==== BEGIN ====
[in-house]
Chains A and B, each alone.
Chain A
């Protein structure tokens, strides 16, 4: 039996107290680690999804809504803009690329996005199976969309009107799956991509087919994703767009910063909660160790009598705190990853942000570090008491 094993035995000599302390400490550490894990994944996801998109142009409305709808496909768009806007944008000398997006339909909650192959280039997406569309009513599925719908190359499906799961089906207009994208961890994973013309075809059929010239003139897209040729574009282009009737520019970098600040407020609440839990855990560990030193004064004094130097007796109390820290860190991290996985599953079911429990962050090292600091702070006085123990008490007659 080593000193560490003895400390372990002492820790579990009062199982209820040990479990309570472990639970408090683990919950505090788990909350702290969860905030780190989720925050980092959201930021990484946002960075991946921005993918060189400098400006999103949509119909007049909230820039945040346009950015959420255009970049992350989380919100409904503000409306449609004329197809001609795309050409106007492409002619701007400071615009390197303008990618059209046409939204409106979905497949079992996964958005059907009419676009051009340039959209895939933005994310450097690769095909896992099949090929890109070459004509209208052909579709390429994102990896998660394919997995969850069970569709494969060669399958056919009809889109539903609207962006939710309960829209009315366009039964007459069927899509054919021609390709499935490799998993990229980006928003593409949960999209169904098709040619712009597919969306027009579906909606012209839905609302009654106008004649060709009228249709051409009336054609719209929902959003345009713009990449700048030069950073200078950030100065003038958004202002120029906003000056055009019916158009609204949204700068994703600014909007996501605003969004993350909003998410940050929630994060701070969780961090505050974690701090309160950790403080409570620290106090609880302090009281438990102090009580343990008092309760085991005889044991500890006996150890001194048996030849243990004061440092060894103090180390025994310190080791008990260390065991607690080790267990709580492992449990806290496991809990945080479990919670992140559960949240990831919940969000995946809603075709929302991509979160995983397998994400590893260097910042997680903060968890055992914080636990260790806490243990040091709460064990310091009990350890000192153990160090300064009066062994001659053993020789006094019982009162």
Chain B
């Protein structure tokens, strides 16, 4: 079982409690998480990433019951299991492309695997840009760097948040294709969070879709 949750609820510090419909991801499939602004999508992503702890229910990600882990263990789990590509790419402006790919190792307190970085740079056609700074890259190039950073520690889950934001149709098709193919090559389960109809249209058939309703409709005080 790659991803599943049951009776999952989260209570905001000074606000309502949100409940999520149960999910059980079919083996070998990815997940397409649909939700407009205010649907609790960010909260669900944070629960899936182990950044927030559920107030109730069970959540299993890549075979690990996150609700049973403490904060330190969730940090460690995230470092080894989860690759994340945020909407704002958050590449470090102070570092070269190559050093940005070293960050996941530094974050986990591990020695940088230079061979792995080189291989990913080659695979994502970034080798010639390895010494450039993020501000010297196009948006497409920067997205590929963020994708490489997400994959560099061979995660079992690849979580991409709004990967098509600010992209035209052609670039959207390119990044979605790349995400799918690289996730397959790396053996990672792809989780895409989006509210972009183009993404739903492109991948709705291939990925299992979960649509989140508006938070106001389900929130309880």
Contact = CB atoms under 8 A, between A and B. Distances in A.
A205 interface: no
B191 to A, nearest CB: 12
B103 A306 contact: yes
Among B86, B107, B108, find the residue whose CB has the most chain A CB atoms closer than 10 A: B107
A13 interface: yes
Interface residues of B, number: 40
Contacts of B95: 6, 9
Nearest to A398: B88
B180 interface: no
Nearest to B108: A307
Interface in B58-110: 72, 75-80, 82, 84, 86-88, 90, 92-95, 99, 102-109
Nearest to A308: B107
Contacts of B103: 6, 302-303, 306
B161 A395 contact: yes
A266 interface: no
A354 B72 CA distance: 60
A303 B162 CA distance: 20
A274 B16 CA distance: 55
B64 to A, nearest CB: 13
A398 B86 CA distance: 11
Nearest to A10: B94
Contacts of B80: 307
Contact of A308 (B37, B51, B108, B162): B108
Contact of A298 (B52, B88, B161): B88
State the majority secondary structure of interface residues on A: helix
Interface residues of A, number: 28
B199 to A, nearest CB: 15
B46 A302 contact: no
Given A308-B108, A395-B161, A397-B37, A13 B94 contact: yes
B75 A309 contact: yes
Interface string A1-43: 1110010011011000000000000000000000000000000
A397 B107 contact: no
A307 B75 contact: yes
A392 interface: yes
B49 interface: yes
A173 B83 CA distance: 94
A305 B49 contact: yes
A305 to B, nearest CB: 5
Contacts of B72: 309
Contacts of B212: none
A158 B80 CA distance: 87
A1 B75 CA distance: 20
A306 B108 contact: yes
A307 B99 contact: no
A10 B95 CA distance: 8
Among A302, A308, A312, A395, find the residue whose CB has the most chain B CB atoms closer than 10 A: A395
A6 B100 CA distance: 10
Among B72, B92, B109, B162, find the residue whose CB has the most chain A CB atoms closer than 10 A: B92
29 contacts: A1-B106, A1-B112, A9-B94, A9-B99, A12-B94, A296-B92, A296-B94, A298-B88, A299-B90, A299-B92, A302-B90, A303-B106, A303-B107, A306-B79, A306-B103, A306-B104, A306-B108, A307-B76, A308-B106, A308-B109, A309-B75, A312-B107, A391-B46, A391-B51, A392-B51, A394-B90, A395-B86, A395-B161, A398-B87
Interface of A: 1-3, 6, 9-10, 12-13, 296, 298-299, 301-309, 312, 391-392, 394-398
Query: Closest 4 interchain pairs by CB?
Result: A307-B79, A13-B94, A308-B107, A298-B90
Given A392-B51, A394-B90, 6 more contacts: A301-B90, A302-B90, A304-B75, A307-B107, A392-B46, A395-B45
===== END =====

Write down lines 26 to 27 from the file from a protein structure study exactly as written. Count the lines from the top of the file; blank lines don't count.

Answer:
B64 to A, nearest CB: 13
A398 B86 CA distance: 11